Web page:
Sometimes, those achievements complement one another in a way that makes it impossible to see the game as anything other than a group effort. Such was the case Saturday at Fenway Park, where a weary Red Sox pitching staff picked up the slack for one another and pieced together a splendid 4-0 win over the Minnesota Twins.
Clay Buchholz was the stalwart, and a somewhat surprising one at that. Buchholz threw two quick innings before the skies opened up and the teams were forced to endure at two-hour, seven-minute rain delay that most figured would eliminate Buchholz from the game.
If that was the case, a bullpen that was without its two long men, Tim Wakefield and Alfredo Aceves, would be forced to use its five remaining arms to get through seven innings, a less-than-ideal scenario for a team that has seen its pitching staff get all out of whack in recent days.
When Buchholz not only went back out to throw three more innings, but did so in dominant fashion, it was a valiant effort that set the tone for those who followed.
"My feeling was that I needed to go out there and throw," Buchholz said. "I didn't want to tax the bullpen anymore than they've been taxed over the last three, four days."
It was Wednesday night's game that started the charade. A lengthy rain delay squashed Josh Beckett's start against the Angels, and seven pitchers — including starter Daisuke Matsuzaka — got the last 26 outs in the 13-inning loss.
John Lackey lasted only four innings the next game, which started just hours later, and Scott Atchison was forced to take one for the team with 3 2/3 of his own, before being optioned back to Pawtucket.
The man who replaced him on the roster, Aceves, was then called upon to toss 4 2/3 frames after Wakefield couldn't get out of the fifth on Friday night. A theme was developing, and the team knew that if Buchholz could not get through Saturday's delay, the situation could really fall apart.
"That's a lot to ask," manager Terry Francona said of Buchholz. "Saying that, if you don't send [him] out there, we're going to have to pitch someone else too much…Tried to get the best out of what we could. He did a great job. Actually went back out there, I thought the touch and feel on his pitches were better."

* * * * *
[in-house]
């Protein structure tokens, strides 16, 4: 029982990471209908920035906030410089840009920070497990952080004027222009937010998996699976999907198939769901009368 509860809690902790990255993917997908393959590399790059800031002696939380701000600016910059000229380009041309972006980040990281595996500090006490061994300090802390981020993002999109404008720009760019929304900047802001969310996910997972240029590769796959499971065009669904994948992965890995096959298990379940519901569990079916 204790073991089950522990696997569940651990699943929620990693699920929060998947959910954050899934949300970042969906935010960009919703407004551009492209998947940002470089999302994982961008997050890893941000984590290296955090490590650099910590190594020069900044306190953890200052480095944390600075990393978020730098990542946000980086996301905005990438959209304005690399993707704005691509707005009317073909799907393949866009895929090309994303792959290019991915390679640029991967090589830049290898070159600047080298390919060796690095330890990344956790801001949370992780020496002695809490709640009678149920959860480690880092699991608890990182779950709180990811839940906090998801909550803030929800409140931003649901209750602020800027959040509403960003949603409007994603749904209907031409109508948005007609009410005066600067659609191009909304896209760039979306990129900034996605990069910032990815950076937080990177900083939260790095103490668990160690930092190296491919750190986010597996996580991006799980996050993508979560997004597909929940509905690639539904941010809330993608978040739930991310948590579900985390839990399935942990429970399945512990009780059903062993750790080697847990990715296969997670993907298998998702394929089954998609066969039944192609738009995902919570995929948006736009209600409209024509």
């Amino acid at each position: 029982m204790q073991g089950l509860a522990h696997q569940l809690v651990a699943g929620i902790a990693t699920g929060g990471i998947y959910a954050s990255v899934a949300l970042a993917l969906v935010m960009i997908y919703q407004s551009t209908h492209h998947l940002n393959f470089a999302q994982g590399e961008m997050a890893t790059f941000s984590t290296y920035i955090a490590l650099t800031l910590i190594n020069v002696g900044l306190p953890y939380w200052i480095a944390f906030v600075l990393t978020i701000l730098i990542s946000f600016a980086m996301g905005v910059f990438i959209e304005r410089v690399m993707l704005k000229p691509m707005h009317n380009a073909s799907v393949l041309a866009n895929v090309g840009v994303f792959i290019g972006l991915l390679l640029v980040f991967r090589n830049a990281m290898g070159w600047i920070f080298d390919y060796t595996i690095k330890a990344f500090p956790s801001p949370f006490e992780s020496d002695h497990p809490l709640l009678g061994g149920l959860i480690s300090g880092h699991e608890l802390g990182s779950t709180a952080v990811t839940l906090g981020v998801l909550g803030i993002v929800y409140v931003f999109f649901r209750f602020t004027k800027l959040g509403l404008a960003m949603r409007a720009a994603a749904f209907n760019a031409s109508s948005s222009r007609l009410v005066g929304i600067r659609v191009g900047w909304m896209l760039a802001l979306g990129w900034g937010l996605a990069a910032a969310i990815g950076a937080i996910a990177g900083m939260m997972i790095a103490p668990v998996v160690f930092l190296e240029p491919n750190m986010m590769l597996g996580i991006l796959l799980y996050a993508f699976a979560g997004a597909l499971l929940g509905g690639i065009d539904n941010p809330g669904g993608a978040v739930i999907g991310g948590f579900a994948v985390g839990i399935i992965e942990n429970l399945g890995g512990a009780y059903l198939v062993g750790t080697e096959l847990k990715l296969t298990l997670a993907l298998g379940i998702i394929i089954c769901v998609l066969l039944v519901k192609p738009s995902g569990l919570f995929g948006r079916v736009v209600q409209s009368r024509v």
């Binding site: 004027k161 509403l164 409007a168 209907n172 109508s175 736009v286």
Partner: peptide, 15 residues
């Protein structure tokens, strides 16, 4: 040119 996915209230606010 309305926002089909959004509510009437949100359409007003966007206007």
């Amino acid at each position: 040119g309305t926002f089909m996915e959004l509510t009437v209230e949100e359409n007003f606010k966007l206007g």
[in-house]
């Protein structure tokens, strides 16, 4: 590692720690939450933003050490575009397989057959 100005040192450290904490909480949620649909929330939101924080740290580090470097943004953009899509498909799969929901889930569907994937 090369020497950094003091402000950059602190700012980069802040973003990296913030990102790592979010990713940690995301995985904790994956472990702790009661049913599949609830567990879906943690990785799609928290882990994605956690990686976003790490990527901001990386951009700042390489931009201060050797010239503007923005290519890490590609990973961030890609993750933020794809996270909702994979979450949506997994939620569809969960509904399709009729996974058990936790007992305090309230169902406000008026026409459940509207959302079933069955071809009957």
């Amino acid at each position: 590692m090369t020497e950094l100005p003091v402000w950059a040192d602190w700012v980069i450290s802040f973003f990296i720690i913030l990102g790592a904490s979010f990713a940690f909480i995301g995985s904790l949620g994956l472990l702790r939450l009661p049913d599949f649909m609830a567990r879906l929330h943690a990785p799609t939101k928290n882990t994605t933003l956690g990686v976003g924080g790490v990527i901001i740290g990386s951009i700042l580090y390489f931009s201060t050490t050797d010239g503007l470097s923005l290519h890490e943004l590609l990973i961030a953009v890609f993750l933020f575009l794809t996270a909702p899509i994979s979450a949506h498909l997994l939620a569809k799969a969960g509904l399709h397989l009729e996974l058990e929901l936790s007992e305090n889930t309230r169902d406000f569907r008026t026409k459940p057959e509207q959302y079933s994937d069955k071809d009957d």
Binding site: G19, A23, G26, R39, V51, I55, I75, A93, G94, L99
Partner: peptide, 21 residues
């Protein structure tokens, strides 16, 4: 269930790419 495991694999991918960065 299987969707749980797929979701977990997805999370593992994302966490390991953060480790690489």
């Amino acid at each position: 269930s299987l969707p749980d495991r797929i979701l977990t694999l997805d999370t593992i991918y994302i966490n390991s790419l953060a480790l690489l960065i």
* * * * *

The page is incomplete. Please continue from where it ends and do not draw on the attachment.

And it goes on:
And because Buchholz was able to get through five with a lead, there was no need for a long man, even if one was available. Four relievers — Rich Hill, Matt Albers, Daniel Bard and Josh Beckett — each threw one scoreless inning, allowing only three Twins to reach in the process.
Two of those runners, however, came right away. Hill took over for Buchholz to start the sixth and proceeded to walk the first man he faced and hit the next. Up stepped Justin Morneau in a critical situation.
Hill got Morneau to ground into a 3-6-1 double play, and then he struck out cleanup hitter Jason Kubel. Boston had escaped the only real threat of the game for Minnesota, and Francona could keep everyone lined up in the right order for the first time in days.
"Rich Hill has a walk and a hit batter, comes back and gets a big double play," Francona said. "So we didn't have to go to Albers before we wanted to. Everybody did their job."
Buchholz, who stayed warm by throwing off and on during the delay in the tunnel behind the Red Sox dugout, said he felt as good as he has all year, despite the disjointed afternoon. That sensation, together with the remarkable work of the bullpen, gave him a pretty good feeling about things going forward.
"I think it was big," Buchholz said of the team effort. "The bullpen came in. We had some big plays defensively to save a couple of runs. Bullpen came in and threw four good innings. That's why this team is going to be so good, because we have every facet covered."
That's the true definition of a team.